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First on CNN: Ayanna Pressley launches policy pledge to help juice momentum for progressive movement

Rep. Ayanna Pressley is launching a new policy pledge for elected officials and candidates up and down the ballot in the hopes of highlighting support for progressive policies and channeling that popularity into momentum for the left’s agenda.

The Massachusetts Democratic congresswoman and “Squad” member told CNN her policy pledge will help embolden lawmakers as they see others signing on around them, underscoring for the public the breadth of support for progressive policies — such as canceling student loan debt and the Green New Deal.

“As the adage goes, it’s always impossible until it is done,” Pressley, who is in her second term in Congress, said in an interview with CNN. “It’s my hope that this pledge is going to create momentum. That it’s going to do that at every level.”

The Pressley Policy Pledge will begin as a questionnaire for current officeholders and candidates to establish whether they support certain legislation that Pressley has introduced, in addition to long sought progressive goals such as Medicare for All and the Green New Deal. Pressley wants the pledge to serve as an organizing tool for those who sign on — make it, effectively, a stamp of approval for lawmakers at every level of government.

Even though Democrats control both chambers of Congress and the White House, their majority is narrow in both the House and the Senate. Longtime progressive policy pushes — like raising the minimum wage to $15 an hour — have been met with unified GOP resistance and, so far, been mostly sidelined by divisions in the Democratic ranks. The extent to which President Joe Biden’s infrastructure package will include clean, renewable energy investments in line with the Green New Deal’s framework remains to be seen. Bills passed out of the House that address police reform and seek to tighten restrictions on guns are currently sitting idle in the Senate.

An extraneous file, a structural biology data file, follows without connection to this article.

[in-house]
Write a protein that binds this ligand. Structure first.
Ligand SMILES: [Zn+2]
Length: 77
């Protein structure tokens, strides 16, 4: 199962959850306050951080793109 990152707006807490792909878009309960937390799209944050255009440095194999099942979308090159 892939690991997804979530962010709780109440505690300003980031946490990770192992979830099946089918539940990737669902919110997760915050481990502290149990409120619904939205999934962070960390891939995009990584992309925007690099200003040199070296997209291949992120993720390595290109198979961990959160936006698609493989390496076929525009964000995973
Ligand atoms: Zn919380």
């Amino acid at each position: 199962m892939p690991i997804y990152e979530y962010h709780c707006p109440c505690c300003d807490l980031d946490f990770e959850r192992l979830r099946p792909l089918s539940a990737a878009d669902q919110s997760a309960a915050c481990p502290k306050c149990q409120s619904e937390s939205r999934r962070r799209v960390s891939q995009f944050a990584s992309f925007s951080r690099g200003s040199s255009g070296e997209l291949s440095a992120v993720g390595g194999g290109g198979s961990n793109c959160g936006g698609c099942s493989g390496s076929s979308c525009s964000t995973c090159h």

As a member of “the Squad,” Pressley has had an increased profile in national politics for a House member who’s been in office for only a little over two years, though she made headlines before coming to Washington by defeating an incumbent lawmaker in the Democratic primary for her US House seat in 2018.

Pressley told CNN did not yet know if her “Squad” allies planned to sign the pledge, saying it was still “early in the launch.”

As of now, the five specific pieces of legislation candidates must sign onto support include student debt cancellation, a bold criminal legal reform resolution, legislation to end the pushout of girls of color in schools, investing in public transit and a federal jobs guarantee. Pressley has introduced or co-introduced each item during the current or last Congress, but splits in the Democratic conference have stalled their progress.

Pressley pointed to the progressive policies included in the American Rescue Plan as the latest example of progressives outperforming expectations. The package included $1,400 direct relief checks, extended unemployment benefits and a temporary expansion of the child tax credit — all pieces, she noted, that “we had been told were a nonstarter” early on the process.

As an increasing number of Democratic officials have adopted the language of the progressive movement — if not always its core policy agenda — Pressley believes the pledge will help secure public commitments from candidates and present clearer choices for voters.

“I think that voters deserve to know and want to know where their elected leaders and candidates stand on these policies, and this is an opportunity to really show just how broad and deep the support is for these transformative policies” Pressley said.

Ahead of the pledge’s rollout, Pressley was insistent that she did not want the initiative to be perceived as a wedge among Democrats, but rather a testament to the progressive movement’s advances — and an instrument for translating the work of activists into new electoral gains. Nor, Pressley said, was the pledge intended to be a “litmus test.” She said it would not be a condition “for whether or not I will legislate with, organize with, mobilize with or work with anyone.”

“The fact that these policies are now again a part of our regular discourse as lawmakers is a testament to the power of organizing,” Pressley said. “The most marginalized met the moment (in helping elect Democrats last year). And so now it’s incumbent upon us to advance these bold transformative policies that meet the moment.”

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